HOT TROPIC

IN WHICH ONE OF AUS­TRALIA’S MOST COM­PELLING ARTISTS FINDS NEW IN­SPI­RA­TION WITH YOUNG BLOOD, PITCH PED­ALS AND THE LEAST RA­DIO-FRIENDLY NAME IN THE IN­DUS­TRY. WORDS BY AN­DREW P STREET (ES­PE­CIALLY ALL THE CUSSING). PHOTO BY

Australian Guitar - - Final Note - JAMIE WDZIEKONSKI.

With Trop­i­cal F*** Storm, the clue is in the name. There’s some­thing dis­tinctly hu­mid, car­nal and ag­gres­sive about the band, and de­spite Gareth Lid­di­ard (of The Drones fame) hav­ing been at this rock’n’roll game for over 20 years, he’s clearly not ex­pect­ing this band to be the for­tune-mak­ing com­mer­cial break­through.

And if ALaugh­ingDeathInMeatspace shares a lot of DNA with The Drones thanks to the pres­ence of Lid­di­ard and bassist Fiona Kitschin, it’s DNA in the sense of splat­ter pat­terns around a crime scene.

That’s largely be­cause of the in­flu­ence of drum­mer Lau­ren Ham­mell (High Ten­sion) and Har­mony vo­cal­ist Erica Dunn on gui­tar, who to­gether push the band in strange di­rec­tions. If sin­gle “You Let My Tyres Down” could plau­si­bly be a Drones song, the same couldn’t be said of the ag­gres­sive, night­mar­ish hip hop of “Soft Power or the mosquito riffs of “The Fu­ture Of His­tory”.

“The ap­proach is just to try not to do any­thing nor­mal,” Lid­di­ard ex­plains. “So we’ve used drum ma­chines and just strange kinds of se­quenc­ing stuff, just to get ideas, and then we learn how to play them on our ac­tual in­stru­ments.”

His ar­gu­ment is that “if you sort of make some­thing up on the gui­tar, you end up mak­ing up a stan­dard gui­tar riff, most of the time. Your hands go to those shapes. Some of our gui­tar lines are made up on drum ma­chines, like that riff in the cho­ruses of ‘Soft Power’ – that was made up on a drum ma­chine through a weird Even­tide PitchFac­tor pedal.”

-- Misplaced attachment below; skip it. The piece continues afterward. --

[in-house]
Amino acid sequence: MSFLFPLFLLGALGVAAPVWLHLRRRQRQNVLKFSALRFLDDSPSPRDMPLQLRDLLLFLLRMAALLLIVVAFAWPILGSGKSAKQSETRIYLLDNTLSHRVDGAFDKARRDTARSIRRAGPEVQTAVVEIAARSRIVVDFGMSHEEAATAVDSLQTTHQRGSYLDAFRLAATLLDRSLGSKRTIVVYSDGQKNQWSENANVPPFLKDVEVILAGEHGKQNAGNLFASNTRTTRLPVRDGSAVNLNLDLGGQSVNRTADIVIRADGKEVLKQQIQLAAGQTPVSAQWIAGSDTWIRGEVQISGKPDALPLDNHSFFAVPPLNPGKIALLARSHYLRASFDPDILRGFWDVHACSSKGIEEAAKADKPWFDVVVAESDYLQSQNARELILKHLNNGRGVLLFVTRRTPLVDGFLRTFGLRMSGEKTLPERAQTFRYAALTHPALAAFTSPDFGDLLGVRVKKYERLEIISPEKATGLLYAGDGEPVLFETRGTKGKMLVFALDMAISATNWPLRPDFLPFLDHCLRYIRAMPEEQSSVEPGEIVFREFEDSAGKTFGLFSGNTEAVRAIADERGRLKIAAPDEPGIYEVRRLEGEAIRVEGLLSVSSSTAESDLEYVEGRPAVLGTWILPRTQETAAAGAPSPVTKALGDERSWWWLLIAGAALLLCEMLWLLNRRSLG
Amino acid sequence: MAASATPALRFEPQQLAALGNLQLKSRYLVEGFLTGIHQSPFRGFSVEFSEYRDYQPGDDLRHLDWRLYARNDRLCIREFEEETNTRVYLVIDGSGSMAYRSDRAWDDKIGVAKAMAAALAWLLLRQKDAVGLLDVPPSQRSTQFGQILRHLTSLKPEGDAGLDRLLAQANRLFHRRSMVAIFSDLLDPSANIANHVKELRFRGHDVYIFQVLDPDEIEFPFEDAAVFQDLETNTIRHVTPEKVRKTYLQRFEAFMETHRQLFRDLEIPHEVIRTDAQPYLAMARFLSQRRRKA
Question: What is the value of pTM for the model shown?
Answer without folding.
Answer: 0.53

So what were the key toys for the al­bum? “You know Teenage En­gi­neer­ing? They’re a com­pany from Scan­di­navia – they make the OP-1 syn­the­siser and th­ese drum ma­chines, which are like 80 f***ing bucks and they’re amaz­ing,” he tes­ti­fies with the zeal of a re­li­gious con­vert. “They’re the size of a lit­tle cal­cu­la­tor and they take you down strange lit­tle pas­sages that you’d oth­er­wise never go down.”

Packet drum ma­chines are not nec­es­sar­ily the in­spi­ra­tion that you’d ex­pect for a man best known for tear­ing an­i­mal howls out of his Jaguar, but as far as Lid­di­ard is con­cerned, it’s the same im­pulse.

“Back in the ‘90s, we were try­ing to fig­ure out a weird way to do shit, and now it’s be­come eas­ier. It’s just wild: we can make al­bum af­ter al­bum af­ter al­bum of weird and wacky shit, and peo­ple are more up for it th­ese days.”

Why is that? “Well, the up­side of the in­ter­net is that kids are ex­posed to crazy shit, y’know? So if you do some­thing com­pletely left of cen­tre, they’ll be ready for it. In the ‘90s, I re­mem­ber lis­ten­ing to Wu Tang and my rock’n’roll friends were bam­boo­zled. I was like, ‘Man, this is just pop­u­lar f***ing western mu­sic! This isn’t even the Moroc­can shit I lis­ten to, or the 1920s Jazz, or the weird avant garde com­posers that no-one’s ever heard of.’”

The excitement in the band is not merely com­po­si­tional, though. The Drones’ first gig was in 1997, and Lid­di­ard is thor­oughly enjoying re­ex­pe­ri­enc­ing the thrill of do­ing things for the first time through his younger band­mates.

“Han­nah and Erica, they’re 30 and 32. They’re keen and they’re free and it’s all novel for them. Like, if we go and play at the f***ing Fill­more in San Fran­cisco they’re like, ‘Holy shit!’ We’ve done it be­fore with The Drones, and it’s great, but it’s kind of like, ‘Oh, cool.’ They’re just kind of jaded.”

Which leads to the ob­vi­ous ques­tion: what’s the sta­tus of Lid­di­ard and Kitschin’s main gig?

“It’s on hold be­cause Steve [Hes­ketch, keys] and Chris [Stry­bosch, drums] have kids – two kids each and mort­gages and other jobs,” he shrugs. “So it’s just too hard. It’s not im­pos­si­ble, but it takes a lot of push­ing to get the wheels turn­ing.”

Speak­ing as the fa­ther of a 18 month old, I can’t be­gin to imag­ine how par­ents do any­thing cre­ative un­der any cir­cum­stances. “Oh, it’s full on, man. I mean, hav­ing a day job, and then hav­ing proper re­hearsals, and then go­ing on tour and record­ing... It’s a lot. So yeah, it’s def­i­nitely not done, we’ve just put it on ice for a while. We’re just wait­ing for the f***ing kids to move out, and then we’ll get back into it!”

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